The Utopia we're talking about isn't technically the PC game, but this surprisingly complex game (often referred to as "Civilization .5") for the Intellivision laid the foundation for PC sim classics such as Civilization and SimCity. Utopia put you in charge of your own island nation, letting you control every aspect of the economy and military. The island was populated, and it was your job to ensure your people were fed, their living conditions were improved, and your military was strong enough to fend off attacks from rebels and pirates.
Although the technology and the detail of the economic model can't compare to those of today's games, in many ways Utopia had a more complex design than any modern successor. In SimCity, for example, if you sat around and did nothing, things would break down and your creation would eventually rot away, but in Utopia competitors would actively try to infiltrate and destroy your island paradise. Your opponents could send rebels to destroy facilities, or maneuver their PT boats to allow marauding pirates through to your island, where they would sink fishing boats. Alternatively, you could form an alliance with other players and attempt to work together, which made games much more tense, as you always knew the guy sitting next to you would break the treaty at the worst possible moment.
In Utopia you also had to contend with a random weather model that could create a bumper crop just as easily as it could destroy one. The threat of an island-smashing hurricane always loomed on the horizon, and the appearance of one of the spinning beasts could radically alter the course of the game.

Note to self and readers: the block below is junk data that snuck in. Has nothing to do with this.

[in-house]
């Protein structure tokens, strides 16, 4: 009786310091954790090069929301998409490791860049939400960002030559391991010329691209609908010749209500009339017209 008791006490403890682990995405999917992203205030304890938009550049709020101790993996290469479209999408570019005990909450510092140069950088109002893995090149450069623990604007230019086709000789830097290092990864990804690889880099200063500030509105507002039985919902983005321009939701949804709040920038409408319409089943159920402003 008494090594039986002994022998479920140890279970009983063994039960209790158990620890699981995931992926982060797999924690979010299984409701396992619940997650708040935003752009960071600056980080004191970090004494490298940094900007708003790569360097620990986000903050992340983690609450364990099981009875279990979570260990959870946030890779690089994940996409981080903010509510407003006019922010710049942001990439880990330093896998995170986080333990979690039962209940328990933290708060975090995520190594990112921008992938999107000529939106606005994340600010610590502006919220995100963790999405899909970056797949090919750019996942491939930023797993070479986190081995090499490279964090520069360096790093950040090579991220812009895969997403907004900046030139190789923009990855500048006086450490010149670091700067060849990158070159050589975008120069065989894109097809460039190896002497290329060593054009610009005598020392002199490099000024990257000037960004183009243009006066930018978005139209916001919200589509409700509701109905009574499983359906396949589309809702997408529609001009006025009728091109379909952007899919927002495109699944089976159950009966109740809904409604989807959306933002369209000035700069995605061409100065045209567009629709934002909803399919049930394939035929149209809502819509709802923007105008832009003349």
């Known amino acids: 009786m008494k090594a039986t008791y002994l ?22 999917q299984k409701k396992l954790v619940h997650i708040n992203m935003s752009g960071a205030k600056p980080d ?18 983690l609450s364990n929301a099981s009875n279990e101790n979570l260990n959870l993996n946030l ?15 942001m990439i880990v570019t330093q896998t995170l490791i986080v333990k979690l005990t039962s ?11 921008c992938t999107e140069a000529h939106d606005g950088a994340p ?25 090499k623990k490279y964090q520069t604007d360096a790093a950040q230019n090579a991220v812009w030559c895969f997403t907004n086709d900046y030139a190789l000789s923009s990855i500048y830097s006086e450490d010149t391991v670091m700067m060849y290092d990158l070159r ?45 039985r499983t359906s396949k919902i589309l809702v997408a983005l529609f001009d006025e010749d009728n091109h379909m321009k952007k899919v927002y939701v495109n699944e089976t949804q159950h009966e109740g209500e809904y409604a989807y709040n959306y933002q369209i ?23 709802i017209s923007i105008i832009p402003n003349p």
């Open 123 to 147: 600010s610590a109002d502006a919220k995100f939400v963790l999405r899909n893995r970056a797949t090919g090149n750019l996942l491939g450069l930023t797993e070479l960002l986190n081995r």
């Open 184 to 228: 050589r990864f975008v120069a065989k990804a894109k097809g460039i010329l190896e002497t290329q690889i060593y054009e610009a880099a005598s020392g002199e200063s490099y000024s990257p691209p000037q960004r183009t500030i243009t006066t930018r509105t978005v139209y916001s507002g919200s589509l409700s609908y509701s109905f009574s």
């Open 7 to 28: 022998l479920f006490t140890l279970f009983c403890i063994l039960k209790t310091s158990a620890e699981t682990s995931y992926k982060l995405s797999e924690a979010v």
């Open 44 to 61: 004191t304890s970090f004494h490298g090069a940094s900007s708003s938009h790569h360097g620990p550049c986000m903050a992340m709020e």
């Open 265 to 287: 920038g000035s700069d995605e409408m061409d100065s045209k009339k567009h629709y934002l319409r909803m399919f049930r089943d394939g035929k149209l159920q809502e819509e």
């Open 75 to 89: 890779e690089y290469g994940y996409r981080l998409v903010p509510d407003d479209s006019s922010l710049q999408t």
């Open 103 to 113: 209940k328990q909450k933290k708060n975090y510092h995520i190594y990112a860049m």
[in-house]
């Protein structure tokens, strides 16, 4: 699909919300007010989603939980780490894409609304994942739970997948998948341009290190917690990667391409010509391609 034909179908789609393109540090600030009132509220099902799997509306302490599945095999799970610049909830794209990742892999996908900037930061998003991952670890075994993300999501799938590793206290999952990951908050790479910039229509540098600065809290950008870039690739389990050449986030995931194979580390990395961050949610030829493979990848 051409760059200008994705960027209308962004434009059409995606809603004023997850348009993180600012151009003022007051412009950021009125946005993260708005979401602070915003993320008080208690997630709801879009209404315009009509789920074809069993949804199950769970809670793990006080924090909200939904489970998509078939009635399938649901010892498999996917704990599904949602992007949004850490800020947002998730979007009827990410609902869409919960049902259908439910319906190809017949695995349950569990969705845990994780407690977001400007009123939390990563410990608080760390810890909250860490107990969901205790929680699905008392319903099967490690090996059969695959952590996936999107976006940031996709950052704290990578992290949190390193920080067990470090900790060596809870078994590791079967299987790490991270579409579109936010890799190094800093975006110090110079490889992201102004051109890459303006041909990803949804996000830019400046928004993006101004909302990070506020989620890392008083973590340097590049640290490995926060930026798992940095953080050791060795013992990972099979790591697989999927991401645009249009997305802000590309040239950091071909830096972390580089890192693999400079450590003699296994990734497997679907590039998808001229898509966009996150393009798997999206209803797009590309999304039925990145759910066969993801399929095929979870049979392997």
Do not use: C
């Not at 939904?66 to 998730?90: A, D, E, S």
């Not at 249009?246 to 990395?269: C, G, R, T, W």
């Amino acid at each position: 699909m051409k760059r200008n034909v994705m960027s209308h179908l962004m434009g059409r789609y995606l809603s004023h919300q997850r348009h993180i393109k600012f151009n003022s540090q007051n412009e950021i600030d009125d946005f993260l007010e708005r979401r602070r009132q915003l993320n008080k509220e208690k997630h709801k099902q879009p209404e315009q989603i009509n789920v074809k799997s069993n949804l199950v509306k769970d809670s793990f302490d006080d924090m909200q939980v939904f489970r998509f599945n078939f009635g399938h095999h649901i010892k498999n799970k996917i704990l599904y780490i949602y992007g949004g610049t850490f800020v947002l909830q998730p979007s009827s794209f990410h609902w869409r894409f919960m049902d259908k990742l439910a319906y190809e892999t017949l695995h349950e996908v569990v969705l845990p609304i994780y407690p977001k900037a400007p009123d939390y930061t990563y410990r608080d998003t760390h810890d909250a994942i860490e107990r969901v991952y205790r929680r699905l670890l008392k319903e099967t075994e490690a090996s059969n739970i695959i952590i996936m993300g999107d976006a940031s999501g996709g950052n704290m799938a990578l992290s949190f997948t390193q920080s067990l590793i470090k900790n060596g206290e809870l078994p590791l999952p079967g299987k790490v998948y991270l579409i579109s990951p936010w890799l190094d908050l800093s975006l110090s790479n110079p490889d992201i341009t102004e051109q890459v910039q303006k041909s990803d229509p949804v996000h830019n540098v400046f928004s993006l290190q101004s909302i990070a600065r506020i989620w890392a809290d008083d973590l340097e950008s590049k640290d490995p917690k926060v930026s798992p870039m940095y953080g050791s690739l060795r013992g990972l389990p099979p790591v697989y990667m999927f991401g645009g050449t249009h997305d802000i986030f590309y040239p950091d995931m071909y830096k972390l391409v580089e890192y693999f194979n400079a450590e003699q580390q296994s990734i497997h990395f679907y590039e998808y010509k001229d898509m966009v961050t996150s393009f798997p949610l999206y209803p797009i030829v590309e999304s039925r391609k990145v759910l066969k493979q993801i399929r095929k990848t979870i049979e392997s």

The best thing about Utopia was that it forced you to make complicated decisions at a time when most games required nothing more than memorization and infallible reflexes. For example, building a hospital was one of the best things you could do for your citizens, but that indirectly caused the population to balloon, which diluted the efficacy of your other structures and institutions, and meant that you had many more mouths to feed. Either investing in the military or sinking more money into your infrastructure was always a tough call. In addition, you also had to pay attention to weather patterns so that you could plant crops where they would get the most rainfall. There were always things that needed to get done - and rarely enough time or money to do them all.
Utopia sold fairly well and became an Intellivision classic, but few gamers today have an appreciation for the game's influence. However, its legacy can be felt: Design ideas for Tropico and Republic sound as though they were inspired by the Utopia instruction manual. Thanks to a terrific emulator and the good graces of the original design team, you can play Utopia for free on your PC, so don't hesitate to download it from the link provided at the end of this article.